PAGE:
Respectfully, he ascribes it to the master, Petipa, who like Bejart was born in Marseilles but found fame abroad. We may believe the dance is actually by Petipa's Russian colleague, Ivanov, but either way it is a real gem, the highlight of any sensible production. Of course it can be given on its own, out of context, and I sometimes imagine that's the most enjoyable way of taking it.

Bejart's `Nutcracker' is at Theatre du Chatelet, Paris, until 31 December. English National Ballet's production is at the London Coliseum until 8 January, and the Royal Ballet's is in repertory at Covent Garden until 10 January

Arts and Entertainment
Art on their sleeves: before downloads and streaming, enthusiasts used to flick through racks of albums in their local record shops
musicFor Lois Pryce, working in a record shop was a dream job - until the bean counters ruined it
Arts and Entertainment
Serial suspect: the property heir charged with first-degree murder, Robert Durst
TV review
Have you tried new the Independent Digital Edition apps?
Arts and Entertainment

ebooksNow available in paperback
Arts and Entertainment

Arts and Entertainment
Igarashi in her

Art Megumi Igarashi criticises Japan's 'backwards' attitude to women's sexual expression

Arts and Entertainment
Could Ed Sheeran conquer the Seven Kingdoms? He could easily pass for a Greyjoy like Alfie Allen's character (right)

tv Singer could become the most unlikely star of Westeros

Arts and Entertainment
Beyonce, Boris Johnson, Putin, Nigel Farage, Russell Brand and Andy Murray all get the Spitting Image treatment from Newzoids
tvReview: The sketches need to be very short and very sharp as puppets are not intrinsically funny
Arts and Entertainment
Despite the controversy it caused, Mile Cyrus' 'Wrecking Ball' video won multiple awards
musicPoll reveals over 70% of the British public believe sexually explicit music videos should get ratings
Arts and Entertainment
Lena Headey as Cersei Lannister and Ian Beattie as Meryn Trant in the fifth season of Game of Thrones

Arts and Entertainment

book review
Arts and Entertainment
It's all in the genes: John Simm working in tandem with David Threlfall in 'Code of a Killer'

TV review
Arts and Entertainment
Far Right and Proud: Reggies Yates' Extreme Russia

TV review
Arts and Entertainment
Kanye West was mobbed in Armenia after jumping into a lake

Arts and Entertainment
The show suffers from its own appeal, being so good as to create an appetite in its viewers that is difficult to sate in a ten episode series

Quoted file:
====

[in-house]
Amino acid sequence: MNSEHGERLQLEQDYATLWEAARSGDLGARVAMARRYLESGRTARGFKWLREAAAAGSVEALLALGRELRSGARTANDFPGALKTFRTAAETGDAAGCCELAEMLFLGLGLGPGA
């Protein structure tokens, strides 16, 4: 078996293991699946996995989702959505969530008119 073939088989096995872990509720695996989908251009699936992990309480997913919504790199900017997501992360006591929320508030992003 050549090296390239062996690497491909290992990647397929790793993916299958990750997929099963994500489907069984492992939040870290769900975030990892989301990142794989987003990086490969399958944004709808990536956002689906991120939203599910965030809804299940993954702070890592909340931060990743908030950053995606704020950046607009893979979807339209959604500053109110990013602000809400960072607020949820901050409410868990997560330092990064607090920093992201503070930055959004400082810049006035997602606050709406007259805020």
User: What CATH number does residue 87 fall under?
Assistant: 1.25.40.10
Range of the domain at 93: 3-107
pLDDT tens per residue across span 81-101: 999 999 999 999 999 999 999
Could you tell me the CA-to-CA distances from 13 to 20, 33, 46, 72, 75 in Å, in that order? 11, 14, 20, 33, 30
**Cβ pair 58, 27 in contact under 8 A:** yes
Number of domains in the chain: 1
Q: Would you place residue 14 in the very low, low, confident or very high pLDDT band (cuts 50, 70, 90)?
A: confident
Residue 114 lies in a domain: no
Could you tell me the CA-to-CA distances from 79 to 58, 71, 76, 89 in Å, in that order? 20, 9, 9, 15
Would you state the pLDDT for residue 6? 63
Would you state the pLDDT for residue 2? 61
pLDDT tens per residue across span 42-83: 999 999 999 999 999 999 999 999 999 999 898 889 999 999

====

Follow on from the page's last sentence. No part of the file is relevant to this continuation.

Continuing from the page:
Game of Thrones reviewFirst look at season five contains some spoilers
Arts and Entertainment
Judi Dench and Kevin Spacey on the Red Carpet for 2015's Olivier Awards

Ray Davies' Sunny Afternoon scoops the most awards

Arts and Entertainment
Proving his metal: Ross Poldark (played by Aidan Turner in the BBC series) epitomises the risk-taking spirit of 18th-century mine owners

Poldark review
Arts and Entertainment
Eddie Redmayne is reportedly favourite to play Newt Scamander in Fantastic Beasts and Where to Find Them

Arts and Entertainment
Tom Hardy stars in dystopian action thriller Mad Max: Fury Road

Arts and Entertainment
Josh, 22, made his first million from the game MinoMonsters

Grace Dent

Channel 4 show proves there's no app for happiness
Disgraced Top Gear presenter Jeremy Clarkson
Arts and Entertainment
Game face: Zoë Kravitz, Bruce Greenwood and Ethan Hawke in ‘Good Kill’

film review

Arts and Entertainment
Living like there’s no tomorrow: Jon Hamm as Don Draper in the final season of ‘Mad Men’

TV review

  • Get to the point
Latest stories from i100
Have you tried new the Independent Digital Edition apps?

ES Rentals

    Independent Dating

    By clicking 'Search' you
    are agreeing to our
    Terms of Use.

    Revealed: Why Mohammed Emwazi chose the 'safe option' of fighting for Isis, rather than following his friends to al-Shabaab in Somalia

    Why Mohammed Emwazi chose Isis

    His friends were betrayed and killed by al-Shabaab
    'The solution can never be to impassively watch on while desperate people drown'
An open letter to David Cameron: Building fortress Europe has had deadly results

    Open letter to David Cameron

    Building the walls of fortress Europe has had deadly results
    Tory candidates' tweets not as 'spontaneous' as they seem - you don't say!

    You don't say!

    Tory candidates' election tweets not as 'spontaneous' as they appear
    Mubi: Netflix for people who want to stop just watching trash

    So what is Mubi?

    Netflix for people who want to stop just watching trash all the time
    The impossible job: how to follow Kevin Spacey?

    The hardest job in theatre?

    How to follow Kevin Spacey
    Armenian genocide: To continue to deny the truth of this mass human cruelty is close to a criminal lie

    Armenian genocide and the 'good Turks'

    To continue to deny the truth of this mass human cruelty is close to a criminal lie
    Lou Reed: The truth about the singer's upbringing beyond the biographers' and memoirists' myths

    'Lou needed care, but what he got was ECT'

    The truth about the singer's upbringing beyond
    Migrant boat disaster: This human tragedy has been brewing for four years and EU states can't say they were not warned

    This human tragedy has been brewing for years

    EU states can't say they were not warned
    Women's sportswear: From tackling a marathon to a jog in the park, the right kit can help

    Women's sportswear

    From tackling a marathon to a jog in the park, the right kit can help
    Hillary Clinton's outfits will be as important as her policies in her presidential bid

    Clinton's clothes

    Like it or not, her outfits will be as important as her policies
    NHS struggling to monitor the safety and efficacy of its services outsourced to private providers

    Who's monitoring the outsourced NHS services?

    A report finds that private firms are not being properly assessed for their quality of care
    Zac Goldsmith: 'I'll trigger a by-election over Heathrow'

    Zac Goldsmith: 'I'll trigger a by-election over Heathrow'

    The Tory MP said he did not want to stand again unless his party's manifesto ruled out a third runway. But he's doing so. Watch this space
    How do Greek voters feel about Syriza's backtracking on its anti-austerity pledge?

    How do Greeks feel about Syriza?

    Five voters from different backgrounds tell us what they expect from Syriza's charismatic leader Alexis Tsipras
    From Iraq to Libya and Syria: The wars that come back to haunt us

    The wars that come back to haunt us

    David Cameron should not escape blame for his role in conflicts that are still raging, argues Patrick Cockburn
    Sam Baker and Lauren Laverne: Too busy to surf? Head to The Pool

    Too busy to surf? Head to The Pool

    A new website is trying to declutter the internet to help busy women. Holly Williams meets the founders